Following hot on the heels of the Ninth Circuit’s en banc decision clearing Led Zeppelin of copyright infringement allegations relating to the classic “Stairway to Heaven” (which we reported here), a California federal judge last week overturned a jury’s finding of copyright infringement against Katy Perry regarding the pop hit “Dark Horse.” Songwriters still nervous in a post-“Blurred Lines” world will likely take solace in two decisions that – while in many ways different from Pharrell Williams’ and Robin Thicke’s case – solidify certain aspects of copyright law that may help musicians rest and write a bit easier.
The genesis of the “Dark Horse” case is not unlike any other you-copied-my-song litigation. Plaintiffs, successful songwriters and musicians in their own right, sued pop star Katy Perry, several other songwriters, and the record labels and publishers behind “Dark Horse,” claiming that an eight-note ostinato – a “short musical phrase or rhythmic pattern repeated in a musical composition” – in “Dark Horse” was substantially similar to one in plaintiffs’ song “Joyful Noise.” The alleged similarity between musical phrases as opposed to full musical compositions makes the “Dark Horse” case more like “Stairway to Heaven” than “Blurred Lines,” which dealt with infringement of an entire song. This distinction informed the court’s legal analysis as well, as discussed further below.
After a two-week trial in the summer of 2019, a jury found the defendants liable for copyright infringement and awarded plaintiffs $2.8 million in damages, and the defendants moved for judgment as a matter of law (or for a new trial). Courts will grant motions for judgment as a matter of law when there are no genuine factual disputes and “a reasonable jury would not have a legally sufficient evidentiary basis to find for the party on that issue.” The court found these standards to be satisfied.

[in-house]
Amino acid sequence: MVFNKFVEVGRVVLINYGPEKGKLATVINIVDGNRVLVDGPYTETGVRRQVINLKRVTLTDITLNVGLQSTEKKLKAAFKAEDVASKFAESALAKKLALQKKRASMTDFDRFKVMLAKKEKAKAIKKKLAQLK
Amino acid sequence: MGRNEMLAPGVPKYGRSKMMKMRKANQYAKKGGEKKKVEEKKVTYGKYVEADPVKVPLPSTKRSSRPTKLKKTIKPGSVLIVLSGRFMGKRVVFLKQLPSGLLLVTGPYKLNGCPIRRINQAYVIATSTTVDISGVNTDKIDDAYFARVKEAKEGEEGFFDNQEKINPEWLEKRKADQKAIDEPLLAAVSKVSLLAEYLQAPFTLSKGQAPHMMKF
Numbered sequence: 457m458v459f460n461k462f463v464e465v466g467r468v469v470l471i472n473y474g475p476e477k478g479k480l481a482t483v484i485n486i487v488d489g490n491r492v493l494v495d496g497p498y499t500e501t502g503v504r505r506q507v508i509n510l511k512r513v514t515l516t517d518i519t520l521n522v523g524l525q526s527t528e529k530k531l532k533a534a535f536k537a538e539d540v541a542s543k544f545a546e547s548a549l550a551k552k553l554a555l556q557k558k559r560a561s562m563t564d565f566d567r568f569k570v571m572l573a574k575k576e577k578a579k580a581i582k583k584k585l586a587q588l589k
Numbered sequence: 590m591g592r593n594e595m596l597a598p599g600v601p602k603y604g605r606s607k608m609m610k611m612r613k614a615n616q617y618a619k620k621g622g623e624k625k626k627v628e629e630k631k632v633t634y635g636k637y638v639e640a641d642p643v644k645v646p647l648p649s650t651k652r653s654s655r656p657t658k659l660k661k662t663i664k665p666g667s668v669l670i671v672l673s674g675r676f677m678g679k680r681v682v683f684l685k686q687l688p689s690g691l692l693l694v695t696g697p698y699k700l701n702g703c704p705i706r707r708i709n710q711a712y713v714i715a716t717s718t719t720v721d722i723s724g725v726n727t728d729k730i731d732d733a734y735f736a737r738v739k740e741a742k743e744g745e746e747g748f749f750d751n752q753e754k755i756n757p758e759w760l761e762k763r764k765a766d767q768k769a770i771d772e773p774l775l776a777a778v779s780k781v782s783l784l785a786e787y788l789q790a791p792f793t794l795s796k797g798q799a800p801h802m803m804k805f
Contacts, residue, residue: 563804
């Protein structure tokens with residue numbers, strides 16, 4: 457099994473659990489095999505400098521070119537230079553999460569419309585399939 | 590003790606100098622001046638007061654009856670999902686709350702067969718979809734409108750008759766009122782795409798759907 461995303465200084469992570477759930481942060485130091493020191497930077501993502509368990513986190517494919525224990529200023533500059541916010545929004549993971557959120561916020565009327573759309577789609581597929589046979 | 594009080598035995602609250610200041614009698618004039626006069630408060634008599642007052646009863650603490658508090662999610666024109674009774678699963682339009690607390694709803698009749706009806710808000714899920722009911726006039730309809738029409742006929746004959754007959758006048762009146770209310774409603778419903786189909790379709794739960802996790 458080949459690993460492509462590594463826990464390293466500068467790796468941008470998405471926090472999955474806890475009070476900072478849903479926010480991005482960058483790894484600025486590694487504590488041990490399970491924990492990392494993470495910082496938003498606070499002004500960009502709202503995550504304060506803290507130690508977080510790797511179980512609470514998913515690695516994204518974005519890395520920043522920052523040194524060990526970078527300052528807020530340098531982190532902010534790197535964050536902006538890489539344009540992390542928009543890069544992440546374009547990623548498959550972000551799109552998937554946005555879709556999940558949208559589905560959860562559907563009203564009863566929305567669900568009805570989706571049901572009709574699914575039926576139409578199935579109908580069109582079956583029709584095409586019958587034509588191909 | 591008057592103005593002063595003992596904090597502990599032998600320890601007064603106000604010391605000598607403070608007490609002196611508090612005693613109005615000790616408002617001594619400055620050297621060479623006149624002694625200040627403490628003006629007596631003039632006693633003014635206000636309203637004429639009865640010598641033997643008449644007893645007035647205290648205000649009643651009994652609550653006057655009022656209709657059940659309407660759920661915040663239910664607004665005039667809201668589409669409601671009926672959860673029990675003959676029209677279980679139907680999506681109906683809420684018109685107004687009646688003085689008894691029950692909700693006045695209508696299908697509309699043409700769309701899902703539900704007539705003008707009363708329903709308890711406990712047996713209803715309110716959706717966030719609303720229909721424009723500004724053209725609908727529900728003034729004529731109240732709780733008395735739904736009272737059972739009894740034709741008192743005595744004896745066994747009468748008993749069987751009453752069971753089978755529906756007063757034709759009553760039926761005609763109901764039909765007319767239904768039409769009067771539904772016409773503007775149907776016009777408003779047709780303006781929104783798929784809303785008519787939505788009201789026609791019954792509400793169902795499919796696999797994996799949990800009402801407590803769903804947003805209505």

The court primarily addressed the evidence presented in support of the jury’s finding that the defendants’ ostinato was “substantially similar” to that of plaintiffs. As we discussed in connection with the “Stairway to Heaven” case [here], courts in the Ninth Circuit apply a two-step test to determine whether two works are substantially similar. Part one, the “extrinsic” test, sets forth a question of law for the court (often aided by experts) whether protected elements of the plaintiff’s work are objectively similar to corresponding elements of the defendants’ work. Part two, the “intrinsic” test, asks the jury to decide whether an ordinary reasonable person would find that the “total concept and feel” of the works was substantially similar. The court spent most of its analysis on part one.
As a threshold matter, the court explained that, where the work at issue consists of a combination of unprotected elements, an enforceable right in that combination only exists if the “elements are numerous enough and their selection and arrangement original enough that their combination constitutes an original work of authorship.” This nuance is particularly relevant in music cases; citing “Stairway to Heaven,” the court explained that where “there is a narrow range of available creative choices” (such as notes in a scale or pleasing combinations of sounds) copyright protection is “thin” and to infringe, the allegedly infringing copy must be virtually identical. The difference between this case and the “Blurred Lines” case, according to the court, is that the “thin copyright” doctrine typically will not apply to entire musical works (as opposed to constituent elements). Citing its obligation to balance the First Amendment against the Copyright Act, the court also noted that the inherent nature of music as an art form was to borrow and build upon what had previously been created given that “many if not most of the elements that appear in popular music are not individually protectable.”
With this backdrop, the court first analyzed the constituent elements of plaintiffs’ ostinato, including the key, phrase length, pitch sequence, rhythm “shape,” and musical texture. Finding these elements to be individually common or even ubiquitous in pop music, the court held that “the uncontroverted evidence points to only one conclusion: that none of these individual elements are independently protectable.” This conclusion was supported by testimony from the plaintiff’s own expert musicologist.